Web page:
Prime Minister Bruce Golding announced yesterday that Jamaicans, will for the first time this year observe the month of February as ‘Reggae Month’ to highlight the impact of the musical genre on the country’s social, cultural and economic development. The Prime Minister also announced that he had written to Governor-General Sir Kenneth Hall requesting him to issue an official proclamation declaring February Reggae Month in perpetuity.
Prime Minister Bruce Golding who spoke at a Press Launch at Jamaica House hosted by the Minister of Information & Culture, Olivia ‘Babsy’ Grange, said a month of activity was necessary in order to sharpen the focus and draw the attention of the world to this powerful asset that is wholly Jamaican.
Mr. Golding said in addition to being a part of our culture, reggae music has been used by Jamaicans as a means of expression and to communicate our experiences, trials and successes, as well as our joys and sorrows. He said the music has also been used to declare our position against oppression and suffering and to tell of our hopes, with the love as the underlying constant. He said this aspect of the music was the reason it had been embraced by people from around the world, but that Jamaicans felt no jealousy as, “reggae will always remain Jamaica and Jamaica will always remain reggae.”
He said it was also important for Jamaicans especially the youth to understand the power of the music, as they did not watch it grow through its many stages. Various methods will be used to analyze and celebrate the music during the month of February including music showcases, film screenings and academic conferences. “All sorts of means will be used to examine it, to study it, to look at its history and in that process, help to guide its future development,” the Prime Minister said.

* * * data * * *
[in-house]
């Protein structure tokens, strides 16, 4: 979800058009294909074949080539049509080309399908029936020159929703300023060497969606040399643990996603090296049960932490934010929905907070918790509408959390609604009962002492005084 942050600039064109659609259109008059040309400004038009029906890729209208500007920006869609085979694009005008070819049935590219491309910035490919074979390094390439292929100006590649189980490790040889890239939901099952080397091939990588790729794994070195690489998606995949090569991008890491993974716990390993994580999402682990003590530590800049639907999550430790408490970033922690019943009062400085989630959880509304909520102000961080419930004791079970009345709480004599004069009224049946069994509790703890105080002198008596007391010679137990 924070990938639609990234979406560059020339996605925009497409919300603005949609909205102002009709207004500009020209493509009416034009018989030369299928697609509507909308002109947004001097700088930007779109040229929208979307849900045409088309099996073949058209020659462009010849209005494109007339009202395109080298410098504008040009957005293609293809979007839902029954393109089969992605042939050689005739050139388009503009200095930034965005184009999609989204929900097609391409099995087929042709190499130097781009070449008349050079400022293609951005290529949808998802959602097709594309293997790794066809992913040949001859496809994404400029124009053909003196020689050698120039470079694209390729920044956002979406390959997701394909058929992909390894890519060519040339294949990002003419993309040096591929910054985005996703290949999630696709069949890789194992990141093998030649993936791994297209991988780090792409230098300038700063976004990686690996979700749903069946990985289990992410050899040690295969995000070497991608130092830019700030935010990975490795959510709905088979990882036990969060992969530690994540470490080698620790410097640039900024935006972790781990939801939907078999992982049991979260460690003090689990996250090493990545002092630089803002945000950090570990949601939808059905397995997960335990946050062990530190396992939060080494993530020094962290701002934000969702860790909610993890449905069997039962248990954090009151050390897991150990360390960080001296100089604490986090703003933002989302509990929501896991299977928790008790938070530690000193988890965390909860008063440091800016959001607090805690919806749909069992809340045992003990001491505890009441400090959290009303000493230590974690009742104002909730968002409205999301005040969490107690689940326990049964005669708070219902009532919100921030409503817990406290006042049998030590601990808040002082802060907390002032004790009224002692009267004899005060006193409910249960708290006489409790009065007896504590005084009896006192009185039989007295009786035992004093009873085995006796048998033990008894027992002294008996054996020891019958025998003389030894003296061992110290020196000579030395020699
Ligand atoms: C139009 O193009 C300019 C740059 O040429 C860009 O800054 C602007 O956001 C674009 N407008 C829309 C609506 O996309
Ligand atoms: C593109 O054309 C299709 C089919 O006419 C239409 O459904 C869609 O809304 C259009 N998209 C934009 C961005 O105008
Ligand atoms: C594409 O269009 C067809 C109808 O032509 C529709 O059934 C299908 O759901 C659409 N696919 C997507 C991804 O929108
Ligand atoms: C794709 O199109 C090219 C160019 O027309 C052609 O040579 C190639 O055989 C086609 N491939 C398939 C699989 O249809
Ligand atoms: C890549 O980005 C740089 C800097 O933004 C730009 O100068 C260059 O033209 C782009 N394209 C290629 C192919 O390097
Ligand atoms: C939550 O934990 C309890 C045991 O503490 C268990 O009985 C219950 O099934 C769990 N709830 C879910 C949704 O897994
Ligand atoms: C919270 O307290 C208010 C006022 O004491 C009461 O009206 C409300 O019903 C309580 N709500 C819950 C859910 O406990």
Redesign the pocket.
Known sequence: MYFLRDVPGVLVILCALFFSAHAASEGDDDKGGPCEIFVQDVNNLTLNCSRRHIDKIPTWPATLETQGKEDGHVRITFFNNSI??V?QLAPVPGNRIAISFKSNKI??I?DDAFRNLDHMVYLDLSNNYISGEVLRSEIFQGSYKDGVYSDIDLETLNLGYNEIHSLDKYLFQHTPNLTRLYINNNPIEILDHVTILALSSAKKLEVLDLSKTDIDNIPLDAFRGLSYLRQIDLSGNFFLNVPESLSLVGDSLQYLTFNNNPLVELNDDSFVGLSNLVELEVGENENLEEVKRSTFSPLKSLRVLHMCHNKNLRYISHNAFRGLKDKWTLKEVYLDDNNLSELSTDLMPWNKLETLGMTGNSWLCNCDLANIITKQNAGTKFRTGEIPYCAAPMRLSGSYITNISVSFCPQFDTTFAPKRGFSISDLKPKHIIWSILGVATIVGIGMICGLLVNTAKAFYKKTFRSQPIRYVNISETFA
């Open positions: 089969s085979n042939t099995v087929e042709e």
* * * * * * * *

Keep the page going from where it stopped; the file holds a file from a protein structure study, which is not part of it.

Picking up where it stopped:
The Prime Minister cautioned that while the music can be seen as an instrument of advancement, if not used properly it could also become a lethal weapon which, instead of uplifting our people, is used to disparage women and undermine the value system that the country wants to support and institutionalize. He said it was therefore important to establish a framework that will guide the future development of the music and ensure that it can remain powerful even a hundred years from now.
Reggae Month will be used to consolidate a series of events into a passionate movement in order to give full recognition to the music as a cultural capital. The month of celebrations will also assert Jamaica’s authority on the music so there can be no ambiguity of its origin. Mr. Golding said the month will also be used to plant the seeds for a nation branding project to firmly establish Brand Jamaica. This year’s activities will also be used as a stepping stone for next year’s celebration of the 50th anniversary of the founding of reggae music.
Prime Minister Golding said he welcomed the opportunity to recognize the contribution of the music to Jamaica as well as that of the many musicians and promoters especially the pioneers who never gave up even when it did not enjoy widespread acclaim. He said the government would be in dialogue with representatives of the industry to see what kind of support it could give to create more opportunities for new artistes.
There will be a full calendar of activities to mark Reggae Month starting with the Bob Marley Birthday Dinner on February 6th, the UWI Global Reggae Conference, a Reggae Film Festival and a football match between the Reggae Boyz and Costa Rica, a star-studded Reggae Academy Awards honouring outstanding music industry personalities and the “Africa Unite – Smile Jamaica” concert being hosted by Rita Marley and the Bob Marley Foundation.